College Planning: 3 Key Facts Every Parent and College Bound Student Should KnowSubmitted by Reby Advisors | Certified Financial Planners | Danbury, CT on August 23rd, 2018
Just one year of college can now cost anywhere from $20,000 to $60,000 and beyond depending on the university – more than a 260% increase since 1980, according to a report from the Department of Education.
This is unaffordable for many families, forcing many parents to choose between retirement and paying for college – and causing students to take on astronomical debt that leads many to question whether their investment in college was worth it.
How can you pay for college without going broke? Here are three key facts to know:
Fact #1: Your Expected Family Contribution (EFC) May Be Impacted by Simply Filling Out Paperwork in the Right Way
Expected Family Contribution (EFC) is the minimum the government and a college expect a family to pay per year for college. It is calculated based on the family’s income and assets.
However, there are cases where families with low six-figure incomes receive need-based aid while some low-income families receive nothing in need-based aid. Why? Because the low-income family did not file the paperwork correctly and the low six-figure income family did. Many times, what your expected family contribution as computed
Fact #2: You Do Not Have to Pay Full Price!
Many families get sticker shock when they first start researching colleges, but keep in mind that the tuition and board listed on a college website or in books is the maximum you may have to pay. Stephanie Goldberg-Mauro, the Founder and Owner of College Planning 101, explained how it works in our Quarterly Newsletter:
“In addition to qualifying for aid based on your EFC (and properly filling out the paperwork), positioning a student in the right way may reduce costs as well. Every college teaches to a different level - RPI teaches to a 1390/1600 SAT score while Long Island University (LIU) teaches to a 990/1600 SAT score. So, if your student has a 1250/1600 SAT score, they will get merit money from LIU. If they have the right GPA, they would get into RPI but you’d pay full price. Most colleges admit students by GPA and offer merit money based on SAT or ACT Scores as well as attributes and athletics.
Calling the college and asking what scores qualify for merit money and what GPA is required for admissions are great questions and gives your student a goal to shoot for.”
Fact #3: Where You Keep College Savings Impacts Financial Aid
To qualify for financial aid, you’ll need to fill out your Free Application for Federal Student Aid (FASFA) to be eligible for award grants, work study, scholarships, and student loans.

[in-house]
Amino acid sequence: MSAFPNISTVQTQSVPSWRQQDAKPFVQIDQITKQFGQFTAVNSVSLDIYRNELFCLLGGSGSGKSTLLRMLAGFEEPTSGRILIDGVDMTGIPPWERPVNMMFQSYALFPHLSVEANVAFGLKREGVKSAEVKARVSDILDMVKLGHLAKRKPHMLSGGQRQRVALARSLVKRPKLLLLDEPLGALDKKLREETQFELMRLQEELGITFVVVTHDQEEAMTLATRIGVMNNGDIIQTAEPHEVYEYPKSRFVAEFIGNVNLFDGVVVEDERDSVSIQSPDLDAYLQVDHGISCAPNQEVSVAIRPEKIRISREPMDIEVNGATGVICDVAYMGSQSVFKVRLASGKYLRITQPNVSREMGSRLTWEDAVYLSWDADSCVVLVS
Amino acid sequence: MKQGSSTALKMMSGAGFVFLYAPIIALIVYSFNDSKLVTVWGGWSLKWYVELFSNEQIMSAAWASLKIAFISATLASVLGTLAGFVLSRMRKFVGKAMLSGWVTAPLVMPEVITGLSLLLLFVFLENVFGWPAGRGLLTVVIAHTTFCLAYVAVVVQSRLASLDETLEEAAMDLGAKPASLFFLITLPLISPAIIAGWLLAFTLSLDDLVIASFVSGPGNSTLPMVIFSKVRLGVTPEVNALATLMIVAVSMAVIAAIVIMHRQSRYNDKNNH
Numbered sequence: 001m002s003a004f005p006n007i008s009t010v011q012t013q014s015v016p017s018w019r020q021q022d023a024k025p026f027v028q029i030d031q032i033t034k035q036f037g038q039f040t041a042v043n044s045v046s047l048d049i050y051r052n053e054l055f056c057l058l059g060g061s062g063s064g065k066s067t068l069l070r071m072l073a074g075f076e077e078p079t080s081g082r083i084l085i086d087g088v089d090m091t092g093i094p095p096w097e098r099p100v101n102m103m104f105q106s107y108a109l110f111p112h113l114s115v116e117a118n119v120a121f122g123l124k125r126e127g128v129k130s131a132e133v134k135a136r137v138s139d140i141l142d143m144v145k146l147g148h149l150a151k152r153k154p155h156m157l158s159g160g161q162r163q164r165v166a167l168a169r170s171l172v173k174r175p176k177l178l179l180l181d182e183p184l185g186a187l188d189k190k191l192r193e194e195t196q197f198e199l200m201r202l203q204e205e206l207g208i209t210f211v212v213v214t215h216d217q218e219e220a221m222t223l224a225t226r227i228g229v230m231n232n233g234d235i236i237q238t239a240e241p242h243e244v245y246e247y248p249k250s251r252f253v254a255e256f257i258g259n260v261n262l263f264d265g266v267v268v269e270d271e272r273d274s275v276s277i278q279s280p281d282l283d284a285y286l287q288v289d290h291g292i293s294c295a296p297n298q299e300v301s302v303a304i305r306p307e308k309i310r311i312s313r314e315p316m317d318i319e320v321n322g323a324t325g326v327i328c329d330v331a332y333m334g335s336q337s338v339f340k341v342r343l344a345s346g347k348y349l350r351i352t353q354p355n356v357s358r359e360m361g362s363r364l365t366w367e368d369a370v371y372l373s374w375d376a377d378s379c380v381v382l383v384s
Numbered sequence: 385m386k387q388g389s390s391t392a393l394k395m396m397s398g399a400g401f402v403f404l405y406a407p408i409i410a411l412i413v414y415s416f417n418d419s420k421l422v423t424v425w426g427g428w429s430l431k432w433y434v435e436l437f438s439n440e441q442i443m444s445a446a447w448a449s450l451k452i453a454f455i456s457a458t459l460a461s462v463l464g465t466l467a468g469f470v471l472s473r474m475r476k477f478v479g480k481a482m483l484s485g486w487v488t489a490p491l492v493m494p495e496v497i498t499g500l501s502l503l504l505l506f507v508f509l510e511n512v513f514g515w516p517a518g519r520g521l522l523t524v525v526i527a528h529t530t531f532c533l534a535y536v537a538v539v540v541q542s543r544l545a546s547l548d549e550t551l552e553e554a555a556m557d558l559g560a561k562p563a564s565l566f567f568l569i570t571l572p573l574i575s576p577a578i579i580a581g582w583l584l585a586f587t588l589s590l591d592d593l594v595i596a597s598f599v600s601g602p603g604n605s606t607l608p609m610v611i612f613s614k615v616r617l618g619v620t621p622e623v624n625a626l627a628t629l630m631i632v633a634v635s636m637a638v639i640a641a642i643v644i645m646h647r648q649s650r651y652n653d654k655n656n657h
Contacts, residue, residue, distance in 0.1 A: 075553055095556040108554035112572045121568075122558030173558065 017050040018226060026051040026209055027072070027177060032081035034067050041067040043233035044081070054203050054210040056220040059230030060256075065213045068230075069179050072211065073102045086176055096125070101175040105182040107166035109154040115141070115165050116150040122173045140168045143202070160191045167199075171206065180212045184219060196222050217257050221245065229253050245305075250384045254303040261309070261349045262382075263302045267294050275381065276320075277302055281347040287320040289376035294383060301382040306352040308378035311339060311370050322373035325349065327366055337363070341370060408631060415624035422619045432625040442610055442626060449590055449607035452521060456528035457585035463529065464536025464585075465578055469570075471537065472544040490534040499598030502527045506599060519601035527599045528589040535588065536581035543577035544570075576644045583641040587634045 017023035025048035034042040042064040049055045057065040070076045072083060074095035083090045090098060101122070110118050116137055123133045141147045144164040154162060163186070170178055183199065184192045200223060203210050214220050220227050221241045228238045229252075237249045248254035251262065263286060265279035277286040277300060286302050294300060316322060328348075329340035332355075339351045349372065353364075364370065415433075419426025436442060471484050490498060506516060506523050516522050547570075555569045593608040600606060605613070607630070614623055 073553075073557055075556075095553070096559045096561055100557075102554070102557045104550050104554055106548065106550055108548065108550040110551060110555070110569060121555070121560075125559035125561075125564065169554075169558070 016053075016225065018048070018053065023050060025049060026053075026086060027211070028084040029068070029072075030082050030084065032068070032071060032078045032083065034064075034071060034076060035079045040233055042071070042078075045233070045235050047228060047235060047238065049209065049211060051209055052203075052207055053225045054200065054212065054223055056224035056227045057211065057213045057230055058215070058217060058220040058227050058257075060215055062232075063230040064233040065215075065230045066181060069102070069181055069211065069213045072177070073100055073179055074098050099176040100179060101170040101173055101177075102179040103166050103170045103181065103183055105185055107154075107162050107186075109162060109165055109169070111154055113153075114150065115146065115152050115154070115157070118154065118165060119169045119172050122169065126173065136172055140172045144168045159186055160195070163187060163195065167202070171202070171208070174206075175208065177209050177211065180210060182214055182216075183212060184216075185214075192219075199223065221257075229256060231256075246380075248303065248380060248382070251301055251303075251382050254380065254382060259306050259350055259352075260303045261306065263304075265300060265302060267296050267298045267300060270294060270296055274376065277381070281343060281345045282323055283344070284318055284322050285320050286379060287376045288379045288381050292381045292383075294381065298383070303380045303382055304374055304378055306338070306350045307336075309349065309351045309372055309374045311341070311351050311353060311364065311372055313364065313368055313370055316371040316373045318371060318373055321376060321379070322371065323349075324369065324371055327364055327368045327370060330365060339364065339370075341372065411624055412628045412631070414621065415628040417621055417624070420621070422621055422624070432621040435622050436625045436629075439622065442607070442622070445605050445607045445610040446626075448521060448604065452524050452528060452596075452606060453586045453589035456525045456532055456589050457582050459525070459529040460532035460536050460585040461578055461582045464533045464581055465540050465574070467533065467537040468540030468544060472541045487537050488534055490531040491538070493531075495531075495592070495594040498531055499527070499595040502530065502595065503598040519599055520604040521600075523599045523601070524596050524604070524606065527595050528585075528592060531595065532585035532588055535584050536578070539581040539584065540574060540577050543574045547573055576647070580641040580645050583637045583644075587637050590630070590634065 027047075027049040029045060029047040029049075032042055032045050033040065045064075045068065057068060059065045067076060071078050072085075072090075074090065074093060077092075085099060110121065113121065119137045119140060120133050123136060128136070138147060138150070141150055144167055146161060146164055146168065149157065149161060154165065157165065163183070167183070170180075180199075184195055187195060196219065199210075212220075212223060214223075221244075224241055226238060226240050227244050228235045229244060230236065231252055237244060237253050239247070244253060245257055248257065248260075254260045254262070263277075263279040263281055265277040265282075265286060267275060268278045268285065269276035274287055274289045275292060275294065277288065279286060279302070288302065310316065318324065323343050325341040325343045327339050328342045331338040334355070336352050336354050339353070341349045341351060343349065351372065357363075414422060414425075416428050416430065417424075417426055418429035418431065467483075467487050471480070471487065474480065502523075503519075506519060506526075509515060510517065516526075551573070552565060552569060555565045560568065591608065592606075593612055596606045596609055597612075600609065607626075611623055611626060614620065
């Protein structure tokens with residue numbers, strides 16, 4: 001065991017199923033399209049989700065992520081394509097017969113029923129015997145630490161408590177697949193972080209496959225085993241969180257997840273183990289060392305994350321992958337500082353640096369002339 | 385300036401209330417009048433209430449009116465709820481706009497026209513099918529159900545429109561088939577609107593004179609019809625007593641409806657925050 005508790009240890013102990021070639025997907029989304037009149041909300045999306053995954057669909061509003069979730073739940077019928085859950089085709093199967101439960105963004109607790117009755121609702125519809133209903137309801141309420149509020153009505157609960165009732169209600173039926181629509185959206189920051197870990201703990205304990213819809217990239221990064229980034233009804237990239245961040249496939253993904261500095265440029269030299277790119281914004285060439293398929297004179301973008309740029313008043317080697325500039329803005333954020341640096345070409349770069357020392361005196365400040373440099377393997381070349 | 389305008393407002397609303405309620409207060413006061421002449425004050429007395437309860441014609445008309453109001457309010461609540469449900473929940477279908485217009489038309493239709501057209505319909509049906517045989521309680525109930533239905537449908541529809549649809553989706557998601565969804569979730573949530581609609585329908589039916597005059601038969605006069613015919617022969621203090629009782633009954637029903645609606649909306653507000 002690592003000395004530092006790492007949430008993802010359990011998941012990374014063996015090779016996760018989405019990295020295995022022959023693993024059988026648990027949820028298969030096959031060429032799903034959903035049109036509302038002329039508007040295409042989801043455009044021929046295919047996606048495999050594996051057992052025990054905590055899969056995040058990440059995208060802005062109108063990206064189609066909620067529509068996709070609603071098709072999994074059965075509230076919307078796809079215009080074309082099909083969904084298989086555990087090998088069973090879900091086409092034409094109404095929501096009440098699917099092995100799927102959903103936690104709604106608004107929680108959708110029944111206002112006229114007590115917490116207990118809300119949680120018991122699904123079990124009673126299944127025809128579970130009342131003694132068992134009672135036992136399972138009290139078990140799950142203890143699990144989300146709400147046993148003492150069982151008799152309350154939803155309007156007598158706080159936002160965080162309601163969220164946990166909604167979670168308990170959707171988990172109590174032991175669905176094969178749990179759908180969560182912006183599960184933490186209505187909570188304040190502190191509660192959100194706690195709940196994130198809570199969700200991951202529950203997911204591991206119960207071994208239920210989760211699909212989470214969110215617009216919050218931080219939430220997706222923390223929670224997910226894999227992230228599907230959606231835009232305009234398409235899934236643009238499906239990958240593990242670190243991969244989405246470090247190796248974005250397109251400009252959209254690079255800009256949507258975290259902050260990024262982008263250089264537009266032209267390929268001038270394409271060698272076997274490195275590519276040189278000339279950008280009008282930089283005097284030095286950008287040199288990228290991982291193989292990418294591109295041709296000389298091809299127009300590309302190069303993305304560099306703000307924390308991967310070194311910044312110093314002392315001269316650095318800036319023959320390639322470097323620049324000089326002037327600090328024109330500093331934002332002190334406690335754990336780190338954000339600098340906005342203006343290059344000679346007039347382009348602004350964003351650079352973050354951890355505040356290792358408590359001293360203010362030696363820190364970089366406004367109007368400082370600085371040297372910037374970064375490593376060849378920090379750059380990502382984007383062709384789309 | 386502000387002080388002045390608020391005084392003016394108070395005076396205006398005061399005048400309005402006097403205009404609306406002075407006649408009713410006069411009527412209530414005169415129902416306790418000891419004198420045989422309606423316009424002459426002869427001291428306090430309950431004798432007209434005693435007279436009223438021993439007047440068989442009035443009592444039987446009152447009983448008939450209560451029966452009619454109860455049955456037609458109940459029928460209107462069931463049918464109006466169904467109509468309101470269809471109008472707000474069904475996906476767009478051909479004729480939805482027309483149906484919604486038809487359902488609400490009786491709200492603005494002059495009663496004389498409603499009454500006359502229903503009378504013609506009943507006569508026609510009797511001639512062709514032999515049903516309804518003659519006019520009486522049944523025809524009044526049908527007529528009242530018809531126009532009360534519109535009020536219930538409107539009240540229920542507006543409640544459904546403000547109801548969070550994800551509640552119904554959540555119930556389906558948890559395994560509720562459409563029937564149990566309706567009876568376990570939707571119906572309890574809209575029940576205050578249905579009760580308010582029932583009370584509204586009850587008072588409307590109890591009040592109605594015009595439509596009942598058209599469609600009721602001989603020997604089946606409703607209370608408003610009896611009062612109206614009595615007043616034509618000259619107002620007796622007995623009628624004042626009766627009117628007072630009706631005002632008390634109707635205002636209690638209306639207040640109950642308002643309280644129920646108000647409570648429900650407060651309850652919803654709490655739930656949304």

For aid consideration, it matters where the savings are. It’s more difficult to get aid if most of the savings are in the child’s name. Funds in 529 college savings plans are scored lower for aid purposes than money held in a child’s trust (UGMA/UTMA accounts), that is, in their name. So, keep as much money out of their name as possible.
Learn More in Our Free Class, How to Pay for College Without Going Broke
If you, your child or grandchild face the daunting challenge of paying for college, I recommend signing up for our upcoming seminar How to Pay for College Without Going Broke with special guest speaker, Stephanie Goldberg-Mauro, the Founder and Owner of College Planning 101.
With over 15 years of financial services experience, Stephanie has a wealth of knowledge that can help you, your child or grandchild go to college at the lowest cost possible.
Stephanie will delve into the differences between the FAFSA and CSS Profile financial aid forms and discuss how they affect the cost of college. She’ll also explain what financial aid really means and how need is determined.
Other things you’ll learn by attending this free class are how the financial aid system works, what assets can take away from qualifying for financial aid, why you need to calculate your EFC before visiting colleges, differences of various loan programs, and plenty more.
While the class is completely free, space fills up fast and it’s encouraged that those who want to attend How to Pay for College Without Going Broke sign up immediately to reserve their spot.
Sign up for Wednesday, September 12, 2018 at 6:30pm or Saturday, September 22, 2018 at 10:30am. You can click below to sign up now so you can have one less thing to worry about in the future.
Click the banner below to learn more: